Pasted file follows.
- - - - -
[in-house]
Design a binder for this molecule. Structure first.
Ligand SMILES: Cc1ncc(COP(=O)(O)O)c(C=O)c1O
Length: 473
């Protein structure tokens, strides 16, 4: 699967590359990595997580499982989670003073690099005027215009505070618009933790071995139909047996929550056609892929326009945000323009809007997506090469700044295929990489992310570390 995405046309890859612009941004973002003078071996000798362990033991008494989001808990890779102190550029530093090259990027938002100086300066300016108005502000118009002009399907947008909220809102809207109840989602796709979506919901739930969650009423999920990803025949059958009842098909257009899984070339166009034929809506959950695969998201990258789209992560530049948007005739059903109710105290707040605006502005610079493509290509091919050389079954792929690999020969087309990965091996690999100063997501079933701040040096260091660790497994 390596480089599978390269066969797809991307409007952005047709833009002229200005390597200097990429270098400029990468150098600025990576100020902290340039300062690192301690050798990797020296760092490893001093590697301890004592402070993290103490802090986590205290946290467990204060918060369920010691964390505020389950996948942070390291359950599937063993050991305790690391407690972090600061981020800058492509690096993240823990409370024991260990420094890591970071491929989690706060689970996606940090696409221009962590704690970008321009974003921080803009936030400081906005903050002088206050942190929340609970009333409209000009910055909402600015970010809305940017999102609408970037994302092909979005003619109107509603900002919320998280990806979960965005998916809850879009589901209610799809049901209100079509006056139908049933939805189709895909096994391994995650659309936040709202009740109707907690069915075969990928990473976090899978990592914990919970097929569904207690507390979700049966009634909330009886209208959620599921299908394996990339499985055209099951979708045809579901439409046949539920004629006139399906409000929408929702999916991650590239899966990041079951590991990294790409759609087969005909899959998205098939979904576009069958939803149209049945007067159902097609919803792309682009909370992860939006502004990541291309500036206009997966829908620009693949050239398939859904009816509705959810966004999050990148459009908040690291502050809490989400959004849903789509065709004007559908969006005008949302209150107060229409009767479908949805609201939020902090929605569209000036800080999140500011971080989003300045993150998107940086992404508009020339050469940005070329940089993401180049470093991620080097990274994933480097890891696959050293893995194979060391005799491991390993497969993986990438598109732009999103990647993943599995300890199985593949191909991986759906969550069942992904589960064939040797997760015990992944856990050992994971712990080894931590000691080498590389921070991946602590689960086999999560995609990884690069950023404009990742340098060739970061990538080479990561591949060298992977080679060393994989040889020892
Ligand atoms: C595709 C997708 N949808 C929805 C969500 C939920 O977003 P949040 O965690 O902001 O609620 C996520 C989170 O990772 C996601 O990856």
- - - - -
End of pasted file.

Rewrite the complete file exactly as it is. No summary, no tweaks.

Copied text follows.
[in-house]
Design a binder for this molecule. Structure first.
Ligand SMILES: Cc1ncc(COP(=O)(O)O)c(C=O)c1O
Length: 473
């Protein structure tokens, strides 16, 4: 699967590359990595997580499982989670003073690099005027215009505070618009933790071995139909047996929550056609892929326009945000323009809007997506090469700044295929990489992310570390 995405046309890859612009941004973002003078071996000798362990033991008494989001808990890779102190550029530093090259990027938002100086300066300016108005502000118009002009399907947008909220809102809207109840989602796709979506919901739930969650009423999920990803025949059958009842098909257009899984070339166009034929809506959950695969998201990258789209992560530049948007005739059903109710105290707040605006502005610079493509290509091919050389079954792929690999020969087309990965091996690999100063997501079933701040040096260091660790497994 390596480089599978390269066969797809991307409007952005047709833009002229200005390597200097990429270098400029990468150098600025990576100020902290340039300062690192301690050798990797020296760092490893001093590697301890004592402070993290103490802090986590205290946290467990204060918060369920010691964390505020389950996948942070390291359950599937063993050991305790690391407690972090600061981020800058492509690096993240823990409370024991260990420094890591970071491929989690706060689970996606940090696409221009962590704690970008321009974003921080803009936030400081906005903050002088206050942190929340609970009333409209000009910055909402600015970010809305940017999102609408970037994302092909979005003619109107509603900002919320998280990806979960965005998916809850879009589901209610799809049901209100079509006056139908049933939805189709895909096994391994995650659309936040709202009740109707907690069915075969990928990473976090899978990592914990919970097929569904207690507390979700049966009634909330009886209208959620599921299908394996990339499985055209099951979708045809579901439409046949539920004629006139399906409000929408929702999916991650590239899966990041079951590991990294790409759609087969005909899959998205098939979904576009069958939803149209049945007067159902097609919803792309682009909370992860939006502004990541291309500036206009997966829908620009693949050239398939859904009816509705959810966004999050990148459009908040690291502050809490989400959004849903789509065709004007559908969006005008949302209150107060229409009767479908949805609201939020902090929605569209000036800080999140500011971080989003300045993150998107940086992404508009020339050469940005070329940089993401180049470093991620080097990274994933480097890891696959050293893995194979060391005799491991390993497969993986990438598109732009999103990647993943599995300890199985593949191909991986759906969550069942992904589960064939040797997760015990992944856990050992994971712990080894931590000691080498590389921070991946602590689960086999999560995609990884690069950023404009990742340098060739970061990538080479990561591949060298992977080679060393994989040889020892
Ligand atoms: C595709 C997708 N949808 C929805 C969500 C939920 O977003 P949040 O965690 O902001 O609620 C996520 C989170 O990772 C996601 O990856």